• math
  • computer science
  • general science
  • academia
  • authors
  • tech bloggers
  • feminism
  • various political and social activist figures (civil rights, digital privacy, etc)

This list gives a pretty good insight into the things I am most interested in and like hearing about on my twitter timeline. Now I thought to myself, what if I could automate this process and analyze any user’s timeline to find out what “groups” their friends fell into as well? I had my project.

Currently in the beginning stages, I decided to tentatively call my project “FriendCloud” and registered with the API to start messing around. I’m using Python-Twitter to interact with the twitter API, and its helping me to get practice with Python at the same time. The first thing I wanted to do was be able to pull down a list of all the people that I follow. Since I follow a little over 1000 people, this proved to be a daunting task with the rate limiting that Twitter has built in to their API. At the moment, what I had to do was get my script to pull as many user objects as possible until the rate limit ran out, then put the program to sleep for 15 minutes until the rates refreshed and I could download more.

It took a little over an hour to get the list of all my friends and I am trying to look into a way to do this quicker in the future. After that, I can go through users and pull down a selection of their tweets. After this is done, I have a corpus of text that I can analyze. I have been using NLTK (a Python NLP toolkit) to pick out some of the most common keywords and themes. There is a lot of extraneous data to deal with, but as I pare it down I’ve noticed some interesting trends just in my own tweets.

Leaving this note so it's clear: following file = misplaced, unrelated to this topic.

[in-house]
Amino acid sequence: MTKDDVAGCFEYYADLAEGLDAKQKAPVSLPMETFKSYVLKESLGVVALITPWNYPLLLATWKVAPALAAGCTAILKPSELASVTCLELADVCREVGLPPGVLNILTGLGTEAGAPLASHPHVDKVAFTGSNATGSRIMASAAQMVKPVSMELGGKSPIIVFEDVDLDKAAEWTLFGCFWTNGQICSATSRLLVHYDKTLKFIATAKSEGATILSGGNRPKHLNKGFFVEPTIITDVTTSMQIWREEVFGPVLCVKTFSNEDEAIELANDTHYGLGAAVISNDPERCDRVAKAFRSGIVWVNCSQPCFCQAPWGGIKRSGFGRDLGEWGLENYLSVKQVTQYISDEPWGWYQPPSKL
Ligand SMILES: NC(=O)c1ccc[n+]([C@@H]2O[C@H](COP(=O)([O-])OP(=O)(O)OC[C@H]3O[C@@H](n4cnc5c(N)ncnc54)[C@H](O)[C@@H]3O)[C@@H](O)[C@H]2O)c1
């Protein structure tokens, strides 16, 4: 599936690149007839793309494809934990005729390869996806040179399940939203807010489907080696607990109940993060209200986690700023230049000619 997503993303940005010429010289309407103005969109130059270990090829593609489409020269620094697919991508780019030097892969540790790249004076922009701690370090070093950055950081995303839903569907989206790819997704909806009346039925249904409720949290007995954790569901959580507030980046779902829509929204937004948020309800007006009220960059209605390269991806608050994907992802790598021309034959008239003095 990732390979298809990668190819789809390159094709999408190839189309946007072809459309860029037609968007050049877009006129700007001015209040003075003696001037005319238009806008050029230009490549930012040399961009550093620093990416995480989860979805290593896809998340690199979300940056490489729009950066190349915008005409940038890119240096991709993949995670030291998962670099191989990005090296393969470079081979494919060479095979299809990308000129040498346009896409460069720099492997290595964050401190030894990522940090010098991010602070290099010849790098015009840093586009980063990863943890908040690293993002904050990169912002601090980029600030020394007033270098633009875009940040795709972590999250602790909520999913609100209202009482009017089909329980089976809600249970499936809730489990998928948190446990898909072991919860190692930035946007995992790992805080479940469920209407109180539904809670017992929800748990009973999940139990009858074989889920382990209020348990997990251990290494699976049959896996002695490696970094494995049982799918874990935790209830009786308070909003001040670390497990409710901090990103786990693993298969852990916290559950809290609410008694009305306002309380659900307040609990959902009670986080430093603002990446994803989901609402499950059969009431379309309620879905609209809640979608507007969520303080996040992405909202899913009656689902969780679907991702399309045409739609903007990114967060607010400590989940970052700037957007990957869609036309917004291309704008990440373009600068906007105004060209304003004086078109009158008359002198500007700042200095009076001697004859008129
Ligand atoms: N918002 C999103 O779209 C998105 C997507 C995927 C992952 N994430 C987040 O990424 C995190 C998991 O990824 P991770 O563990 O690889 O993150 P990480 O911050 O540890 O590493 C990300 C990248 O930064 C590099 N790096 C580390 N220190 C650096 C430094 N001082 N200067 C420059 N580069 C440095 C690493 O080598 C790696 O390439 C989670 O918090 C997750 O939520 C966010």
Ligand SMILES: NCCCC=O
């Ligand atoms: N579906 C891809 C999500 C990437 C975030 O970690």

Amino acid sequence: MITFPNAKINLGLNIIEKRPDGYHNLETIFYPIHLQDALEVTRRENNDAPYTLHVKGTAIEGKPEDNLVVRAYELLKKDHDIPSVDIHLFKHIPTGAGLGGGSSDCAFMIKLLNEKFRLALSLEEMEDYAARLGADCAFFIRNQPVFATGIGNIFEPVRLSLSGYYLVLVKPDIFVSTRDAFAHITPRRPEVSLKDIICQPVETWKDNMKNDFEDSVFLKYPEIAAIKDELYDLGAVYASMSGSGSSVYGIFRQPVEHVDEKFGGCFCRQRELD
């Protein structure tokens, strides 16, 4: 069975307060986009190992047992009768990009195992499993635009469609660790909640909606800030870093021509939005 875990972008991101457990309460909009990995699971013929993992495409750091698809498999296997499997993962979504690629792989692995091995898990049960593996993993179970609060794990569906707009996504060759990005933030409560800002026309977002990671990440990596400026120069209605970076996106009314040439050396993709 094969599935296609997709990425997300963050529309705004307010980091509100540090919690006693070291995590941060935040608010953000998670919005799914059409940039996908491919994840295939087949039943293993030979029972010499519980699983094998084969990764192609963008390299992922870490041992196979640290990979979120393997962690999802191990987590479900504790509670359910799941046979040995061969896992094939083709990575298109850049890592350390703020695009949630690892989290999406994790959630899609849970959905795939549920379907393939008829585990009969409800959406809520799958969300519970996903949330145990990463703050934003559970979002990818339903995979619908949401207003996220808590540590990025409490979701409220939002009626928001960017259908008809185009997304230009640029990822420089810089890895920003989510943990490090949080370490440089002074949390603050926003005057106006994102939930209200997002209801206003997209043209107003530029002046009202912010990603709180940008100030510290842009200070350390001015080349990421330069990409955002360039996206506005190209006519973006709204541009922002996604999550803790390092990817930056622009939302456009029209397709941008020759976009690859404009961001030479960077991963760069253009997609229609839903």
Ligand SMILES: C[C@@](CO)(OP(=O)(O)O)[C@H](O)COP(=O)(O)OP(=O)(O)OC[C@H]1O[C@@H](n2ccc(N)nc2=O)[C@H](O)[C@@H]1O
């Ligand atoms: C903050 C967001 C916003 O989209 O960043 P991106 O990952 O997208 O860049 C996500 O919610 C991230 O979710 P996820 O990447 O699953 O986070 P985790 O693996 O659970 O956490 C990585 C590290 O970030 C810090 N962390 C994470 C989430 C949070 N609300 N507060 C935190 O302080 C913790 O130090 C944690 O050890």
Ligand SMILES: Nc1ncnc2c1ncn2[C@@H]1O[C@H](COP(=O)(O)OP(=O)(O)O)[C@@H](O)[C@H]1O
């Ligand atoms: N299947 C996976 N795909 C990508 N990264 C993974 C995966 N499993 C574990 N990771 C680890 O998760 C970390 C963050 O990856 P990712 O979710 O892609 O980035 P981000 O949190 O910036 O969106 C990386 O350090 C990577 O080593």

I hope in the future to be able to extend this to the people I follow on twitter and be able to place them into rough “groups” based on their most commonly tweeted keywords (similar to how a word cloud works). In this way, a user can get an at a glance look at what topics the person is most likely interested in and what sort of people they may be likely to follow in the future.

Beeminder and Self-Tracking: Five Months In

So back in January, I started using a little service called Beeminder to track my goals and encourage me to do more things I’ve been putting off. I also experimented with several other Quantified Self tools, and learned a lot about  how simply tracking what we do day to day can open our eyes to things we need to improve at and things we perhaps do too much of (for me, its instant messaging with my friends). It’s been five months since I started this journey of learning about myself, and I thought I’d give an update about how its been going.

My findings: I couldn’t be happier with the results.

I know its easy to get started on a new diet or workout program and feel all motivated and enthusiastic at first. That’s how New Year’s resolutions start, after all. We get all excited about changing our lives and then a few days or weeks later, its back to the same old same old. When I started tracking myself and using Beeminder for my goals, I was afraid a similar thing would happen. It’s just a fad, I thought. My newest obsession. It will subside in a few weeks. I’m happy to say that five months later, I am still going strong and I have made  a lot of progress.

Wait, what is all this Beeminder/Quantified Self stuff? What are you talking about?

Glad you asked. I did a post on all this stuff a few months ago called Quantifying the Self and discussed the nuts and bolts of all this, but here’s a quick review: